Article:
August 1, 2012
At first blush, the venerable Newport Jazz Festival ostensibly looks like a guitar-lover’s dream. Pat Metheny, Bill Frisell, and Derek Trucks, three of the planet’s finest guitar players, are prominently featured at this weekend’s fest.
But in a conversation with Danny Melnick, one of the festival’s producers, he has us rethink the programming, pointing to pianist Jason Moran, drummers Dafnis Prieto and John Hollenbeck, bassist Christian McBride, saxophone player Rudresh Mahanthappa, and singer Kurt Elling.
“We have the legends like Pat Metheny and Dianne Reeves, who are still pushing the boundaries. But we also have many young people, musicians in their 20s through 40s, who are composers, band leaders, and great players. They are bringing their perspectives into what jazz is today,” Melnick says. “The Newport Jazz Festival wants to endorse and embrace what is happening in jazz today and show other venues and festivals that these are the artists that deserve a spot on the big stage.”
The Newport Jazz Festival begins Friday evening in the International Tennis Hall of Fame with a concert featuring New Orleans greats, Dr. John and Preservation Hall Jazz Band, plus their respective guest artists. The action then moves to Rhode Island’s Fort Adams State Park for programs on Saturday and Sunday that run from 11 a.m. to 7 p.m.
Three stages are at the fort, with the main stage facing out toward the ocean, a tented “Quad Stage” inside the fort which mimics a concert hall, and the intimate “Harbor Stage” designed to replicate the night-club vibe. And the cool thing is that artists are creatively distributed among the stages. There are no real pecking orders in play-- you’ll find titans such as sax player Joe Lovano playing on the Harbor Stage and the legendary drummer Jack DeJohnette celebrating his 70th birthday with an all-star band on the Quad Stage, while young gun Darcy James Argue brings his Secret Society big band to the main stage.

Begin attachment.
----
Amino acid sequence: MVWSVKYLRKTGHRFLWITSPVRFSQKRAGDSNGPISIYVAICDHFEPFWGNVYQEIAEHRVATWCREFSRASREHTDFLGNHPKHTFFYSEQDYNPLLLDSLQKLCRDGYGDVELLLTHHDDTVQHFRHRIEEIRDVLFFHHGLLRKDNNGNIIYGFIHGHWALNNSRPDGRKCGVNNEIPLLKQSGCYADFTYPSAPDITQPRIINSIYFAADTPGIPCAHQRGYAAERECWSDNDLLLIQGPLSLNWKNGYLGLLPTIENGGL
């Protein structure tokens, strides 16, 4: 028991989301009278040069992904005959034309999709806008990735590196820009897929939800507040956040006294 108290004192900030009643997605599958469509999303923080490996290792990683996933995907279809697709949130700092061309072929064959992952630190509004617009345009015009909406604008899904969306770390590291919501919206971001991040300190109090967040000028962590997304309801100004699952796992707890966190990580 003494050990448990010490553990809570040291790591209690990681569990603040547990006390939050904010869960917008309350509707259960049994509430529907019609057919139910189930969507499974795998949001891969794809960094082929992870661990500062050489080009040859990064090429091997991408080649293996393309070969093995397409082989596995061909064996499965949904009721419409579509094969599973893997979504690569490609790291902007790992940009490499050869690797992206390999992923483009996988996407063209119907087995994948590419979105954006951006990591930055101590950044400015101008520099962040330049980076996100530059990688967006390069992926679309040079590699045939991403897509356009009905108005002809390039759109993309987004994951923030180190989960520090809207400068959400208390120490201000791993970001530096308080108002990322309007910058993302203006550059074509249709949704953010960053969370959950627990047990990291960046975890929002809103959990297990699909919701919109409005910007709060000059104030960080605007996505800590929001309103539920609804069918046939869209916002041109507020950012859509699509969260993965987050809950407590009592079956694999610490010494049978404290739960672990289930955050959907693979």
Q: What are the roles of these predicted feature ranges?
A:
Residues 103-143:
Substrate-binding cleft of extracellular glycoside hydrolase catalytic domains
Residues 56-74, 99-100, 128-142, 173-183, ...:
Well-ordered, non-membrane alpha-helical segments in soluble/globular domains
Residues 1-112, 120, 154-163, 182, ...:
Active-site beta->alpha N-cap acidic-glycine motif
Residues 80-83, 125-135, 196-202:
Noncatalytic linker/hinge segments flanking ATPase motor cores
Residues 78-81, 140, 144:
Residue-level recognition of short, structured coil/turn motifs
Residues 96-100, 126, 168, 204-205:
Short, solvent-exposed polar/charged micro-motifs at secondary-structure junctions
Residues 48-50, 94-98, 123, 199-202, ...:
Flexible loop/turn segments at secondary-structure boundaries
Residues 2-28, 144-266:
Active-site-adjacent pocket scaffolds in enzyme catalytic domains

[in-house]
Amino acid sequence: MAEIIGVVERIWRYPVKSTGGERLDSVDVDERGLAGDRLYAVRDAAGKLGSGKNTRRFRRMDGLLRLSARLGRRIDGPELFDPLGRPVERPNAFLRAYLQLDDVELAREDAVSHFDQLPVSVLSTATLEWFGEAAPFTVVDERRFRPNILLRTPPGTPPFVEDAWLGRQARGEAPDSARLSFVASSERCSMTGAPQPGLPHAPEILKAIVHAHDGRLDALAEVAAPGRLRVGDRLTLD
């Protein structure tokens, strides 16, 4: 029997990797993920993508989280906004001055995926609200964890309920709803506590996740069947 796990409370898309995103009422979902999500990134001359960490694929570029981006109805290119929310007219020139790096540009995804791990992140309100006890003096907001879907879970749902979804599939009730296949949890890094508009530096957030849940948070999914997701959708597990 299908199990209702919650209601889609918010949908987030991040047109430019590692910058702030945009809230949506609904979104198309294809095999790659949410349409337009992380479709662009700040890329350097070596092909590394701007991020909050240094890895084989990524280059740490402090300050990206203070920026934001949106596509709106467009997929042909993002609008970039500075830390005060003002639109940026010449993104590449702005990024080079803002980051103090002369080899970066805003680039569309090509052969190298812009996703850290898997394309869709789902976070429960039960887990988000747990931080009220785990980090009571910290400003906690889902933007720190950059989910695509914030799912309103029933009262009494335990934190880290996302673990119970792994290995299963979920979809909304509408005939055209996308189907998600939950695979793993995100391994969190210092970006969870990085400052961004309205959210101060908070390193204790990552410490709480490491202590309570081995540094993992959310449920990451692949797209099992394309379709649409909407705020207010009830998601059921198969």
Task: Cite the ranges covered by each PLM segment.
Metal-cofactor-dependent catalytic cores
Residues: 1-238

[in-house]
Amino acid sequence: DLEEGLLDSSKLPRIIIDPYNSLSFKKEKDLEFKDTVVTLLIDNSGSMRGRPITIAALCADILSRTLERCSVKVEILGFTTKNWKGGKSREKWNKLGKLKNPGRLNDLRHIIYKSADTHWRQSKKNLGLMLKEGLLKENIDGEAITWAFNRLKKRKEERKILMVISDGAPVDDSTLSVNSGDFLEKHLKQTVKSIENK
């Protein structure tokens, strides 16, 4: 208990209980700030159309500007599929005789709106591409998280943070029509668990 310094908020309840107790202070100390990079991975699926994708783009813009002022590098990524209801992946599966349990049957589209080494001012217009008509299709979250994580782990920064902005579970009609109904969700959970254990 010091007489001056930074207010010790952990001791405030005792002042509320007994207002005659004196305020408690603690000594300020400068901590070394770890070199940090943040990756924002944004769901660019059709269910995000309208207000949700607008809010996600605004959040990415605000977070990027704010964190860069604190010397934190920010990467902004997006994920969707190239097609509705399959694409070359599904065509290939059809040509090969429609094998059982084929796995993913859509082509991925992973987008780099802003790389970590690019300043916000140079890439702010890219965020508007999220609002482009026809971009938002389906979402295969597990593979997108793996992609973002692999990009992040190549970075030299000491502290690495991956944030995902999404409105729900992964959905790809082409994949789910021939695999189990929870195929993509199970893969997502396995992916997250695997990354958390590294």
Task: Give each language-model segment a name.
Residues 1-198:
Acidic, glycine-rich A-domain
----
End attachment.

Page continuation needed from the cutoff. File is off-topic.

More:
Melnick says that assembling the weekend’s jazz jigsaw puzzle takes into account several factors: What kinds of energy do you need on the main stage? Where is the best place to accommodate the big bands? Which bands will benefit from fans packed in close to the stage?
The festival is also rolling the dice, not only having the Tedeschi Trucks Band headline on Sunday, but also giving them a full two-hour set. Led by the husband-and-wife team of Derek Trucks and Susan Tedeschi, the 11-piece TTB is a juggernaut more commonly found on the jam-band and rock circuits. But there is no mistaking the jazz elements in the Tedeschi Trucks combo, which cushions Trucks’s guitar work in a smartly arranged horn section and features sumptuous vocal parts, led by Tedeschi.
“Derek is one of the great improvisers, and anyone who says otherwise doesn’t know what they are talking about,” Melnick says, noting that George Wein, who founded the jazz festival in 1954, has been championing Trucks’s career and was hoping to land the guitar firebrand at jazz fest. “Derek and Susan met George at his apartment and when they found out he wanted them for Jazz Fest, they called the rest of the band and they couldn’t believe it. These are musicians immersed in jazz and excited to be at a jazz festival.”
Newport Jazz’s close cousin, the Newport Folk Festival, has seen a nice rebirth in recent years with younger crowds and younger bands claiming the historic event as part of their own culture. Newport Jazz seems poised to do the same.
Newport Jazz Festival runs August 3 - 5; ticket and schedule information is available online at newportjazzfest.net.
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Scott McLennan is a music correspondent for the Boston Globe and former entertainment columnist for the Worcester Telegram & Gazette. His work as taken him from the Newport Folk Festival to the New England Metal and Hardcore Festival and many musical points in between. Scott also writes about skiing for Hawthorn Publications.
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